23 Apr Smart networking for your home and business.
Wired and wireless lead the field, but Powerline and fibreoptics are gaining popularity everyday. Wired technology comes in many varieties and has the advantage of segregating technologies; security; higher noise immunity – using well screened cables; and is simple to use and easy to install.
By far the most popular wired technology is Ethernet using Category 5e or Category 6 cables. Other cables are used including old style Category 5 which is still being sold in the marketplace, often as Category 5e. To ensure that the correct category is purchased, download the ITEC Guide on Datacomms at www.eca.co.uk or contact the ECA Technical Department on (020) 7313 4800. These cables come in three sub categories: unscreened twisted pair; foil twisted pair; and screened twisted pair.
Unscreened twisted pair cables are low cost but with the density of electrical cables in a home, it is sometimes difficult to provide adequate separation and electrical interference in the data signals is often inevitable. Screened and foil screened twisted pair cable offer better noise immunity, but there are vast differences in quality between different screened and twisted pair cables.
Practical advice for anyone installing these is to always choose a good quality cable. This will ensure a much better performance.
The frequency ranges of different categories of cable are given in the following table:
|US TIA 568||IS0/IEC CLASS||MAX BANDWIDTH|
|Category 5||Class D||100 MHZ|
|Category 5e||Class D||100 MHZ|
|Category 6||Class E||250 MHZ|
|Category 6A||Class EA||500 MHz|
|Category 7||Class F||600 MHZ|
|Category 7A||Class FA||1000MHz|
Ethernet cable is also used to carry Internet Protocol (IP). Internet protocol has become increasingly popular over recent years and is widely considered a likely candidate to eventually become the most popular cross-discipline technology.
Where a lot of kit currently on the market is made-to-measure and only works with equipment produced by the same manufacturer, Internet Protocol allows such boundaries to be overcome. Offering enhanced flexibility for networks, Internet Protocol allows kit made by many different manufacturers to work together.
With the introduction of high definition television, we have also seen the introduction of HDMI cable. As with ethernet, there are several types of HDMI cables and choosing the correct cable is important as some systems will not run on older HDMI versions. Undertaking HDMI terminations is relatively difficult and it is best to buy pre-terminated cables.
Standard HDMI Cable
For resolutions of 1080i or 720p video plus surround audio
Standard HDMI Cable with Ethernet
Same as standard HDMI cable above plus a dedicated Ethernet channel for Internet connection sharing and device networking
Standard Automotive HDMI Cable
For motor vehicles equipped with onboard HD video systems
High Speed HDMI Cable
For video resolutions of 1080p including 3D and 4K
High Speed HDMI Cable with Ethernet
Same as High Speed HDMI cable above, plus a dedicated Ethernet channel for Internet connection sharing and device networking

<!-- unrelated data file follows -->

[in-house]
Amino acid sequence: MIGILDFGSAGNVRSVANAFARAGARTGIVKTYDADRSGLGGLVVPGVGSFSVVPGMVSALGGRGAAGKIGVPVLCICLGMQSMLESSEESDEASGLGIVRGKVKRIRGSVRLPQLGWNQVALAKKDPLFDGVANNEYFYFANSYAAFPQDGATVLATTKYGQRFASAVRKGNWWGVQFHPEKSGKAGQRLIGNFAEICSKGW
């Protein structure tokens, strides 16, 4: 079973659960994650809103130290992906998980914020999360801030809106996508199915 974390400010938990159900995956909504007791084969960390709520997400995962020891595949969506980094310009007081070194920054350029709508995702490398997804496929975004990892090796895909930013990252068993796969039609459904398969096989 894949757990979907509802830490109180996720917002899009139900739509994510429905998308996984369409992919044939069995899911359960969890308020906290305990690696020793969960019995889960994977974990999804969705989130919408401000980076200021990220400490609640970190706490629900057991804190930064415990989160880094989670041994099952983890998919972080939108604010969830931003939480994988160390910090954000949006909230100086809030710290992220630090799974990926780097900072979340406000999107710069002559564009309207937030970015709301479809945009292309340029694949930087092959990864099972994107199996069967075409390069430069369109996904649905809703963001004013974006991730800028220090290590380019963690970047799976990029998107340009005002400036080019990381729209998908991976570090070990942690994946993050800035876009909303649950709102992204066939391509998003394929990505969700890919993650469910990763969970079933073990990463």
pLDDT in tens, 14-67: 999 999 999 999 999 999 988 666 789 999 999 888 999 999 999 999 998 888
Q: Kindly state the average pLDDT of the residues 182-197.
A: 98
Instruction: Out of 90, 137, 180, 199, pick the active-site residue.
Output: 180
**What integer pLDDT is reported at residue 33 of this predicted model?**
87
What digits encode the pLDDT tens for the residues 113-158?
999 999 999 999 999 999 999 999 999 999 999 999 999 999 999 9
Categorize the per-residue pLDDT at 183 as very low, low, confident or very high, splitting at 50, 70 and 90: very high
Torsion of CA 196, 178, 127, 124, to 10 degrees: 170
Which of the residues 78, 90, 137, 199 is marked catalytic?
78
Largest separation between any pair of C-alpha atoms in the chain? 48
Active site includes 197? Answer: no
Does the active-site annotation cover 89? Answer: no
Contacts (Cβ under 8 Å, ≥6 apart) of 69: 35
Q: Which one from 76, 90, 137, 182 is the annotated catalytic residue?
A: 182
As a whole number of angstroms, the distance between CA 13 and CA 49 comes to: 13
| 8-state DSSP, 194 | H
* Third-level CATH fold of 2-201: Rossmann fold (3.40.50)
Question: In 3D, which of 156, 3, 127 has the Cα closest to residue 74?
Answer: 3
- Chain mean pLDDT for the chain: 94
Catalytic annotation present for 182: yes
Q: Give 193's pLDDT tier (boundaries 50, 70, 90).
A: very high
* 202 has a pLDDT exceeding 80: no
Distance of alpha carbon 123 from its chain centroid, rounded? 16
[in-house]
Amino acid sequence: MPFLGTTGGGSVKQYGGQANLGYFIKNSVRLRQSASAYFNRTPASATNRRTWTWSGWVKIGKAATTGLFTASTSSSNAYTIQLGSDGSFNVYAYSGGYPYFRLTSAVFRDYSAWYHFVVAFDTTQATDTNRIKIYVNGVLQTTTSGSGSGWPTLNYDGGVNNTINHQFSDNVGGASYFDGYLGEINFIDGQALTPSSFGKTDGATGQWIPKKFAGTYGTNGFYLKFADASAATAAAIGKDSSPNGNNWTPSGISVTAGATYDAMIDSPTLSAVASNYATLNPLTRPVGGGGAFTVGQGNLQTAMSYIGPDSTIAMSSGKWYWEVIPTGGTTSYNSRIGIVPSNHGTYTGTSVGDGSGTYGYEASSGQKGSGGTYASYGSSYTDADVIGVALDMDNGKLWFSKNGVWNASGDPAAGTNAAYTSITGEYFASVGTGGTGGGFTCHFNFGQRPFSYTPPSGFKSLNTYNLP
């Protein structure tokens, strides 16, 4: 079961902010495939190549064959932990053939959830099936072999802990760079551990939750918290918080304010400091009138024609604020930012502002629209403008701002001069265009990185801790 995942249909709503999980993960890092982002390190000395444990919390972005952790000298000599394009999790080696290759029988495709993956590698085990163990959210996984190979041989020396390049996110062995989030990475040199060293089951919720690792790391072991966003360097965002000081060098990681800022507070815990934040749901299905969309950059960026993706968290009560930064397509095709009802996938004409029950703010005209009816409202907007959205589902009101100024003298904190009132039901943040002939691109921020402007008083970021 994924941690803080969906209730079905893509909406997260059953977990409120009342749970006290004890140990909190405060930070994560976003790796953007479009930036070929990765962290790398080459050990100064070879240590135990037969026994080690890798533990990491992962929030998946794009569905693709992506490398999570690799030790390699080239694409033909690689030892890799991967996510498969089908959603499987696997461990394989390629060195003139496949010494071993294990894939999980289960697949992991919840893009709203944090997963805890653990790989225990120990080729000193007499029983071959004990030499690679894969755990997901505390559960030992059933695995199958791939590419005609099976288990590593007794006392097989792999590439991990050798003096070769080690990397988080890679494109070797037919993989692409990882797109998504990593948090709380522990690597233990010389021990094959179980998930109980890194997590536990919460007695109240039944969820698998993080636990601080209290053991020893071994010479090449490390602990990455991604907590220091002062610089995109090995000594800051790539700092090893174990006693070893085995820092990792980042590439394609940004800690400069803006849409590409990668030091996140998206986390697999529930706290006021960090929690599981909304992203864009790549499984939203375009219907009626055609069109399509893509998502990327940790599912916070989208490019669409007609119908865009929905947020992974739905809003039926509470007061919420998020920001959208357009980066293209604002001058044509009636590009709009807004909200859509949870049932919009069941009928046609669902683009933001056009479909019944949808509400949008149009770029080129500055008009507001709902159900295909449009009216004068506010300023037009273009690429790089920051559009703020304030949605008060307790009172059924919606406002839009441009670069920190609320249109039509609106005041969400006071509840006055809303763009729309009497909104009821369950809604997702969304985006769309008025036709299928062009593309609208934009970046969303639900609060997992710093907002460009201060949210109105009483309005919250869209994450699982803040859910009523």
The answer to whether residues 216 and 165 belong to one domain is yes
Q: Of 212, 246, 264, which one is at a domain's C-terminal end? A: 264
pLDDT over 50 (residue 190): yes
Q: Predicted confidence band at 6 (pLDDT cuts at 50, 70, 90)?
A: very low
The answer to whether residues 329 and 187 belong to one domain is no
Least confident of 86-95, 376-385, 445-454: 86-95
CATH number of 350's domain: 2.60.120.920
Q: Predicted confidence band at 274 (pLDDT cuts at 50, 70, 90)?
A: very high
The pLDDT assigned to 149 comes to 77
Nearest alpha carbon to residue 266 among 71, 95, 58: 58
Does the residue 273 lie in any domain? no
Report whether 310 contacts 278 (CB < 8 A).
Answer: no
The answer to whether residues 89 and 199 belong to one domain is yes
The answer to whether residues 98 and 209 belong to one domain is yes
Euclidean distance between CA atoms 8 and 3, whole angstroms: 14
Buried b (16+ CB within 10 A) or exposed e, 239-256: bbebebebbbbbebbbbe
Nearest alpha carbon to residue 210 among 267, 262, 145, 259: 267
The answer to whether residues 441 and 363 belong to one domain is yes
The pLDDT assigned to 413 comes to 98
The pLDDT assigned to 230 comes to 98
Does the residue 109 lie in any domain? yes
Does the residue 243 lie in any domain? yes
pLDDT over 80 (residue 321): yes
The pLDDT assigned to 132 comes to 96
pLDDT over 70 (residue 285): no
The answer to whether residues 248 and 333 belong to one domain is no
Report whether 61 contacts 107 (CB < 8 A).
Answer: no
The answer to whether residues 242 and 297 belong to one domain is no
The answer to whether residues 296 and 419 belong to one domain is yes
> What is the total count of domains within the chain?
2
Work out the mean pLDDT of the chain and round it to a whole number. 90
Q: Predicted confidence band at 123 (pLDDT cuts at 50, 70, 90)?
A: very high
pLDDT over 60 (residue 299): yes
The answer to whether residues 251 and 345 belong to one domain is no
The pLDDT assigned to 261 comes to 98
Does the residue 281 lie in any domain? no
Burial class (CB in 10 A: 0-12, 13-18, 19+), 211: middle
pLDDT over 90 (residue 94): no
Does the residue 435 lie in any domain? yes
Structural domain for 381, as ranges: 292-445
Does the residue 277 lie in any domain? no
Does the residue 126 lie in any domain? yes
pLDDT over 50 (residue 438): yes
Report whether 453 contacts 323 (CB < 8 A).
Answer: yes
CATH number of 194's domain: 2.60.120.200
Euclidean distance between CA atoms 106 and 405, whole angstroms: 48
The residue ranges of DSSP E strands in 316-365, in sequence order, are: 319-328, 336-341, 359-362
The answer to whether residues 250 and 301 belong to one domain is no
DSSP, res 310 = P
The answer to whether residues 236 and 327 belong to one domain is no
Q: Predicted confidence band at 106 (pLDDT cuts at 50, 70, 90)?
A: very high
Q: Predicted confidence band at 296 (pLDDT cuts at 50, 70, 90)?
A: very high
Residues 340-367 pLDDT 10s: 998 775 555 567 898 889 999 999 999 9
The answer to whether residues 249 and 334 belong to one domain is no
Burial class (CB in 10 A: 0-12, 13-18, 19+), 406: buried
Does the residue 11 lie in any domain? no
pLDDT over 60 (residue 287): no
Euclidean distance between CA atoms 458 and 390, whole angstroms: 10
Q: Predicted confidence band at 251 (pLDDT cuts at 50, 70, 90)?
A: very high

Universal Serial Bus (USB) has been around for some time but is gaining in popularity due to its ability to connect up to 127 devices – it was, at one time, restricted to short cables connecting USB devices to a PC. USB ports are now fitted to most new consumer electronics devices and to cope with the need to link up USB devices. Installers are wiring USB network cable into the walls of houses with outlets matching the general house accessories in style and finish.
There are many different types of USB cable around, but in general a USB cable consists of one pair of twin twisted cable and one two core wrapped in foil double screened and sheathed.
Some electrical power sockets are often fitted with built in USB charging points, but it is never clear whether these sockets breach the UK building regulations. Whilst the jury is still out on these sockets, installers should be aware that there is some controversy here. These sockets usually do not form part of the USB network.
When it comes to installing televisions and audio equipment, there is always a need for aerial connections or set top box connections. The most popular aerials are UHF/Digital, Satellite and FM Radio. Aerial cable comes in many different qualities, with better quality aerials generally achieving better results and less grainy pictures caused by electrical and other noise.
Satellite systems generally will not work with standard aerial cable and require CT100 high quality aerial cable.
For most of these cables, there are no specific guidelines regarding installation. The exceptions are Ethernet cable, for which the recommendations of BS EN 50174 should be followed alongside the generic guidance given in BS 7671; and home telephone cable which should be installed in accordance with BS EN 50174 part 2.
For other types of cable, such as USB, the generic advice given on installing cable in BS 7671 should be followed, as it should be for aerial cable installation. It should also be noted that there is little danger of electric shock from aerial cable, other than if hit by lightning, therefore advice in BS 7671 needs only to be followed to prevent damage and interference in the cable.